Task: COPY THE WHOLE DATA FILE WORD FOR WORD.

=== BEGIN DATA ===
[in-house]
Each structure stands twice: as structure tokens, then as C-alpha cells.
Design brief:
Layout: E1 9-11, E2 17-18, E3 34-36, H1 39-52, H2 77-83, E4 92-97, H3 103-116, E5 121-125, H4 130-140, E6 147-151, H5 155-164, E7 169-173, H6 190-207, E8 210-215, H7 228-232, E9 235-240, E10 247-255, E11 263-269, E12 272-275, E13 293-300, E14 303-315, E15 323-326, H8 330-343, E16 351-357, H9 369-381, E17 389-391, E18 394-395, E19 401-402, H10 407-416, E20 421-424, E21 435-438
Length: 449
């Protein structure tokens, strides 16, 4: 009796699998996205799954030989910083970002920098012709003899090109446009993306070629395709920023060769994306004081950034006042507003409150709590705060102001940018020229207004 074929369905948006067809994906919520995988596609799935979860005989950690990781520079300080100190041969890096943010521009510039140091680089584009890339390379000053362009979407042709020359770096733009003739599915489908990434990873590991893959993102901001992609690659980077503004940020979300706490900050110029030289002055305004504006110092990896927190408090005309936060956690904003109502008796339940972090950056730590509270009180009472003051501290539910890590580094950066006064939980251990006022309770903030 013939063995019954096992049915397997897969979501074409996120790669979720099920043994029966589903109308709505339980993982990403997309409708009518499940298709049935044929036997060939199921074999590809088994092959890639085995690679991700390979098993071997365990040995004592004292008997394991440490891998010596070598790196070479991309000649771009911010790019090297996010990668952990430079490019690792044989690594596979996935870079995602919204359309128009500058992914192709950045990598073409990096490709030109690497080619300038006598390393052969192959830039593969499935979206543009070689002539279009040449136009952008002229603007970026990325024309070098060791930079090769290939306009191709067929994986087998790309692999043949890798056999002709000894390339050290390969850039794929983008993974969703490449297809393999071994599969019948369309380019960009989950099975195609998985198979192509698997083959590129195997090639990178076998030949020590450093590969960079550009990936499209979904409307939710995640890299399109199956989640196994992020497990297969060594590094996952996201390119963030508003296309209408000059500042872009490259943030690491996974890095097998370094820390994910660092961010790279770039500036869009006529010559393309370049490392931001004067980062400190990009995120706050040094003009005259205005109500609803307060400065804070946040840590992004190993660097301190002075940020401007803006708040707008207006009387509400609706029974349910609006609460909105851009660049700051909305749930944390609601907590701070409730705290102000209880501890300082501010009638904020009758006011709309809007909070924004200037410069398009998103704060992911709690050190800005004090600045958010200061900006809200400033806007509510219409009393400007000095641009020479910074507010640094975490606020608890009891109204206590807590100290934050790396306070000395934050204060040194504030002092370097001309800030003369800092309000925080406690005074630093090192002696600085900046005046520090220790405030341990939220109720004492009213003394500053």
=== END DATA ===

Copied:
[in-house]
Each structure stands twice: as structure tokens, then as C-alpha cells.
Design brief:
Layout: E1 9-11, E2 17-18, E3 34-36, H1 39-52, H2 77-83, E4 92-97, H3 103-116, E5 121-125, H4 130-140, E6 147-151, H5 155-164, E7 169-173, H6 190-207, E8 210-215, H7 228-232, E9 235-240, E10 247-255, E11 263-269, E12 272-275, E13 293-300, E14 303-315, E15 323-326, H8 330-343, E16 351-357, H9 369-381, E17 389-391, E18 394-395, E19 401-402, H10 407-416, E20 421-424, E21 435-438
Length: 449
């Protein structure tokens, strides 16, 4: 009796699998996205799954030989910083970002920098012709003899090109446009993306070629395709920023060769994306004081950034006042507003409150709590705060102001940018020229207004 074929369905948006067809994906919520995988596609799935979860005989950690990781520079300080100190041969890096943010521009510039140091680089584009890339390379000053362009979407042709020359770096733009003739599915489908990434990873590991893959993102901001992609690659980077503004940020979300706490900050110029030289002055305004504006110092990896927190408090005309936060956690904003109502008796339940972090950056730590509270009180009472003051501290539910890590580094950066006064939980251990006022309770903030 013939063995019954096992049915397997897969979501074409996120790669979720099920043994029966589903109308709505339980993982990403997309409708009518499940298709049935044929036997060939199921074999590809088994092959890639085995690679991700390979098993071997365990040995004592004292008997394991440490891998010596070598790196070479991309000649771009911010790019090297996010990668952990430079490019690792044989690594596979996935870079995602919204359309128009500058992914192709950045990598073409990096490709030109690497080619300038006598390393052969192959830039593969499935979206543009070689002539279009040449136009952008002229603007970026990325024309070098060791930079090769290939306009191709067929994986087998790309692999043949890798056999002709000894390339050290390969850039794929983008993974969703490449297809393999071994599969019948369309380019960009989950099975195609998985198979192509698997083959590129195997090639990178076998030949020590450093590969960079550009990936499209979904409307939710995640890299399109199956989640196994992020497990297969060594590094996952996201390119963030508003296309209408000059500042872009490259943030690491996974890095097998370094820390994910660092961010790279770039500036869009006529010559393309370049490392931001004067980062400190990009995120706050040094003009005259205005109500609803307060400065804070946040840590992004190993660097301190002075940020401007803006708040707008207006009387509400609706029974349910609006609460909105851009660049700051909305749930944390609601907590701070409730705290102000209880501890300082501010009638904020009758006011709309809007909070924004200037410069398009998103704060992911709690050190800005004090600045958010200061900006809200400033806007509510219409009393400007000095641009020479910074507010640094975490606020608890009891109204206590807590100290934050790396306070000395934050204060040194504030002092370097001309800030003369800092309000925080406690005074630093090192002696600085900046005046520090220790405030341990939220109720004492009213003394500053």